As mentioned in the previous episode of this Exciting and Inspiring series, I was on my way to Magdeburg (that’s in Germany) for a one-month micro-sabbatical. It seems that almost everyone has a different idea of what a sabbatical actually entails. Some seem to think that it’s a different kind of vacation, others think that it’s a strange kind of very long Sunday. In an academic’s case, a sabbatical usually refers to a period of time spent away from the usual place of work to acquire some new skill, to perform some serious thinking or to try one’s hand at coming up with and performing some “own” research, whatever that may mean.
The past months have been hectic. Since the start of 2009 I have initiated, developed and run the brand new TU Delft Medical Visualisation M.Sc. course (cutting-edge learning methods with integrated lectures and hands-on exercises, more on this in a future post), released DeVIDE 9.1, worked on bunches of research proposals, co-authored articles and setup new research projects. This happened in parallel with my normal work duties. The lecture/workshop part of the course is now done, proposals and articles were all submitted last week and newly setup projects are coming along nicely.
I thought I had everything any human could ever desire. Turns out I was completely wrong. Please please please get me one of these for my birthday: This will work especially well here in the canals of Delft. I’ll be able to arrive at work or just go about town in ultimate style. YEAH!
DNS changes are still propagating for various domains, but this post is definitely coming to you from my new home at WebFaction! Over the past two days, I’ve migrated a number of domains that I host from anhosting to WebFaction. At anhosting I had 30 G of disc, 750 G of bandwidth (seems they’ve gone all unlimited now) and great support for a few dollars a month (that’s about 10 eurocents :).
Here’s my nerdy DIY tool and tip for the day: With a single sheet of A4 (or letter) paper, you can fold a sleeve for any CD or DVD. This is ideal for those CDs lying around where they shouldn’t, and also for gifts of pirated software and music (harr harr). I’ve made a web-app (CGI) that will generate a PDF with folding lines and labeling text, including titles, descriptions and track listings, that you can print out and fold to protect your most beloved optical media in a unique yet stylish fashion.
So you’ve upgraded some of your machines to Ubuntu 8.10 (Intrepid Ibex, argh) and you’re really very happy with yourself. That is, until you try to run your trusty unison synchronisation scripts and notice that due to the version mismatch between unison on 8.10 (2.27.57) and unison on 7.10 (2.13.16), you are screwed. Because I like you, I’ve made available my quick and dirty backport of unison 2.27.57 (the Ubuntu 8.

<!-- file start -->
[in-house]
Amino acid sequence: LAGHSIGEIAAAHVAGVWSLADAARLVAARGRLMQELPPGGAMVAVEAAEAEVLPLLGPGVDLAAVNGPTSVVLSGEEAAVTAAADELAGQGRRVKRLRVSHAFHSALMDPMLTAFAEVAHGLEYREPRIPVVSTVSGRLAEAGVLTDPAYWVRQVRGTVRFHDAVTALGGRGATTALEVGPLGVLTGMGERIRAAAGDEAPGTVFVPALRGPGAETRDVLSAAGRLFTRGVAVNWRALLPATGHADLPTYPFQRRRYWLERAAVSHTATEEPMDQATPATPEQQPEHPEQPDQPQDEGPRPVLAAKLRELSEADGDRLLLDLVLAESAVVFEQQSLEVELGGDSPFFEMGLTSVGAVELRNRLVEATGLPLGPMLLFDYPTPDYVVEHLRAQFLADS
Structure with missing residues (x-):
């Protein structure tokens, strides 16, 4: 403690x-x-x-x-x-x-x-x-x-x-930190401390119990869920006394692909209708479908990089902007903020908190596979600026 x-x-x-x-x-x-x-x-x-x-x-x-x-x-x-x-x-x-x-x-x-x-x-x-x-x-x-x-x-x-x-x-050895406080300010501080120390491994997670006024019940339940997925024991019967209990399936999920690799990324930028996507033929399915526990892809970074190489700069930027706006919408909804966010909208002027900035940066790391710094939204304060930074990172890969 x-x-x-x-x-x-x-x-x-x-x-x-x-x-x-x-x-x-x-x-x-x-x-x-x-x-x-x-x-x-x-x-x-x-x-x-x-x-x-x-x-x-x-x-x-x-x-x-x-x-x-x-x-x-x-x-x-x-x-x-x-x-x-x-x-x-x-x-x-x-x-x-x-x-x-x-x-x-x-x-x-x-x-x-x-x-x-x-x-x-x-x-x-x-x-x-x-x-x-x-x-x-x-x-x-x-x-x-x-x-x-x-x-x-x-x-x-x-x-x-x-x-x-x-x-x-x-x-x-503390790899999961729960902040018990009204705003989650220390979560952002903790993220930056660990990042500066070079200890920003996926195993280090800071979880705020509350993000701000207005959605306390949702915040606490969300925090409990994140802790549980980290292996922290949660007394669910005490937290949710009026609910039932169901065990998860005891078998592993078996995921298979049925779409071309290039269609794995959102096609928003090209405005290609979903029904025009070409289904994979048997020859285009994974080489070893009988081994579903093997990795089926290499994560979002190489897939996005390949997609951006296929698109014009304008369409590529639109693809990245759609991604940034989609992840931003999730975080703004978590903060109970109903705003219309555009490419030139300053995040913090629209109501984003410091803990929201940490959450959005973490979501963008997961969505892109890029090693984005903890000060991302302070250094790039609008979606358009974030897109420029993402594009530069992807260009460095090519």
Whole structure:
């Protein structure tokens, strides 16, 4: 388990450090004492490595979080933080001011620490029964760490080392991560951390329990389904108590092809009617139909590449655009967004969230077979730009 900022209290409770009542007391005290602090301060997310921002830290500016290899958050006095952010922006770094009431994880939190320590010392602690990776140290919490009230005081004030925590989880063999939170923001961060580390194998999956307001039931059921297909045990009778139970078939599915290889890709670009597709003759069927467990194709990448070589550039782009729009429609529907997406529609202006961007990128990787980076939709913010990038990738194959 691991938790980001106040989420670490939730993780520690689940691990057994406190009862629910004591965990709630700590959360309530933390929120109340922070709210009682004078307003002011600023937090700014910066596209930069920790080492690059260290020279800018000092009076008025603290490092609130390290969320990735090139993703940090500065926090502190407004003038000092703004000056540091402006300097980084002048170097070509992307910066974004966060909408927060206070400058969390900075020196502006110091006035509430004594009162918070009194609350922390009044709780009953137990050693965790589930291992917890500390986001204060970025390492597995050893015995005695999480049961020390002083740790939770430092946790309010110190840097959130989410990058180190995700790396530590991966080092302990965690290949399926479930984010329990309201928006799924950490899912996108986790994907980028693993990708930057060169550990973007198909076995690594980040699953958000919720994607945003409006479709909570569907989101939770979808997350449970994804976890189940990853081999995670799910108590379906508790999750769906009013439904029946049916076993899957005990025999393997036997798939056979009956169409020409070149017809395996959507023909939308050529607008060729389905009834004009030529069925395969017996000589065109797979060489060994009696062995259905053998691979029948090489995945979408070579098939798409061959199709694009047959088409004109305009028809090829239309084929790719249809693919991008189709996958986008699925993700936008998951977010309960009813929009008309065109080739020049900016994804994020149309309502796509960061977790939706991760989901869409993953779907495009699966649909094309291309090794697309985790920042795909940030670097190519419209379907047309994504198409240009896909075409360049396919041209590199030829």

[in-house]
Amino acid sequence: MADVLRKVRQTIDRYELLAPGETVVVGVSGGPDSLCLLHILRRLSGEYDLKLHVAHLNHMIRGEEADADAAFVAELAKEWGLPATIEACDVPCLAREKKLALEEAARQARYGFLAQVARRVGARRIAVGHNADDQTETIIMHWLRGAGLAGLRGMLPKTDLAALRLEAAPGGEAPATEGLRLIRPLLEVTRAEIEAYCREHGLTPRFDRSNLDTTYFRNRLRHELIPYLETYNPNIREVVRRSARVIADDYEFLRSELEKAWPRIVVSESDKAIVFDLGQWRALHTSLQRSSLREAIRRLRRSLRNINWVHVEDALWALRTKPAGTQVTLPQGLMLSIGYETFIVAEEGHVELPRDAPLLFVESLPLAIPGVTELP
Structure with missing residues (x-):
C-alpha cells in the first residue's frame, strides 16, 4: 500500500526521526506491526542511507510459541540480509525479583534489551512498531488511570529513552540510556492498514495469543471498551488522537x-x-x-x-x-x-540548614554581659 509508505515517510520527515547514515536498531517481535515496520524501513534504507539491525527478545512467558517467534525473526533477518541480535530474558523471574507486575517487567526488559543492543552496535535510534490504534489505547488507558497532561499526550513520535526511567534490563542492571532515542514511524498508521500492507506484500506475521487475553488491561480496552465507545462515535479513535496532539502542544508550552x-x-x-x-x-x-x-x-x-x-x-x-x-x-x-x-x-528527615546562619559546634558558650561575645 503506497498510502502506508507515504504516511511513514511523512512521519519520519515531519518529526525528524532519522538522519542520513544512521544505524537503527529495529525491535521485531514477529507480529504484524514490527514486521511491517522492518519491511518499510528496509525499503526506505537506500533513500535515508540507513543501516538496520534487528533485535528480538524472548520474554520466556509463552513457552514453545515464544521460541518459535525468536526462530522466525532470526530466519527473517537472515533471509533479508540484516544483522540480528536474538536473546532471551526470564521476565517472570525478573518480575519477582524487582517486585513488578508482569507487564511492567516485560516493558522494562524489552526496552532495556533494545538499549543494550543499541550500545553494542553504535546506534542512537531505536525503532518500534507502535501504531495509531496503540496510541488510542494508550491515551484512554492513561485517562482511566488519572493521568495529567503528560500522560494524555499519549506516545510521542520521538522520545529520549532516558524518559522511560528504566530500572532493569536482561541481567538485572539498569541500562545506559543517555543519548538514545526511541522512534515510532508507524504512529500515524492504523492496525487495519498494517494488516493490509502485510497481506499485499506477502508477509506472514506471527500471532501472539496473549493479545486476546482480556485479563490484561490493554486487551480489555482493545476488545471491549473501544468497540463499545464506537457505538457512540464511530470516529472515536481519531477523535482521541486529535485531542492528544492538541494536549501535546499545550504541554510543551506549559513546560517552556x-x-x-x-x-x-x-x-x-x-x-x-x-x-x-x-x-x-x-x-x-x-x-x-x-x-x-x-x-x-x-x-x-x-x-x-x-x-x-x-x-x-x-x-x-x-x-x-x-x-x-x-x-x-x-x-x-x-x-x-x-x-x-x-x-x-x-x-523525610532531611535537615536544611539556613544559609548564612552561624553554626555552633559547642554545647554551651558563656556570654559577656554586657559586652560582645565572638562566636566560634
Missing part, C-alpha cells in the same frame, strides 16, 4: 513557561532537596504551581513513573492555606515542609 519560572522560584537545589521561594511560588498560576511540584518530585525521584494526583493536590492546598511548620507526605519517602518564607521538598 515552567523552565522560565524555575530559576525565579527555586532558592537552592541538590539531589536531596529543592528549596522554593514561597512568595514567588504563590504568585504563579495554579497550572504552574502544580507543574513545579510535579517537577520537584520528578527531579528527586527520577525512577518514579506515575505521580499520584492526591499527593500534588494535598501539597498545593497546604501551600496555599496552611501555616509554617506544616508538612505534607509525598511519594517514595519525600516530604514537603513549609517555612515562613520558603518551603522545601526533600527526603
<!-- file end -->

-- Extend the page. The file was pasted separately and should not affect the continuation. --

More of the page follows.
Taking a hint from Joe, aka Swimgeek, here’s a summary of my life since the previous time we spoke: The VCBM 2008 workshop, my first attempt at playing the organising conference chair, went swimmingly. Two days of solid presentations, a lovely dinner at Van der Dussen (no Ronald McDonald in sight!) and meeting up with many old friends. I stopped stressing during the conference dinner. I joined the ranks of the intelligentsia (As opposed to the millions of plebs with iPhones – oh stop whining and look at the stats.
This page will always link to my latest blog post with VTK Windows binaries, so you know you have the most recent ones. The latest post is: Python 2.6 enabled VTK 5.4 Windows binaries You might still be interested in the older Python 2.5 builds: Python 2.5 enabled VTK 5.4 Windows binaries. However, if you’re really serious about VTK, ITK and perhaps even a kitchen sink, and you would like the choice between 32bit and 64bit on both Windows and Linux, you should really be looking at the DeVIDE Runtime Environment, or DRE.
You can always check my Latest VTK Windows binaries page to make sure you have the latest blog posting and hence the latest binaries. I’ve made available my home-baked VTK 5.2 Windows binaries. These have my special python-exception-patches integrated and have been built with Visual Studio 2005 (8.0) SP1 on Windows XP2 with full Python 2.5 support. Get the binaries (or my patched source) by going here. You want the binaries if you want to use VTK from Python.
Wow, wow, wow. As hinted to in a previous post, I was on my way to Brazil. The hint took more concrete shape with me visiting Dr. Rosane Minghim and colleagues at the Instituto de Ciências Matemáticas e de Computação (ICMC) of the Universidade de São Paulo. One of the many perks of my job is that I get to travel (nice) and meet many exceptionally cool people (great): The week in Brazil was an extreme example of that.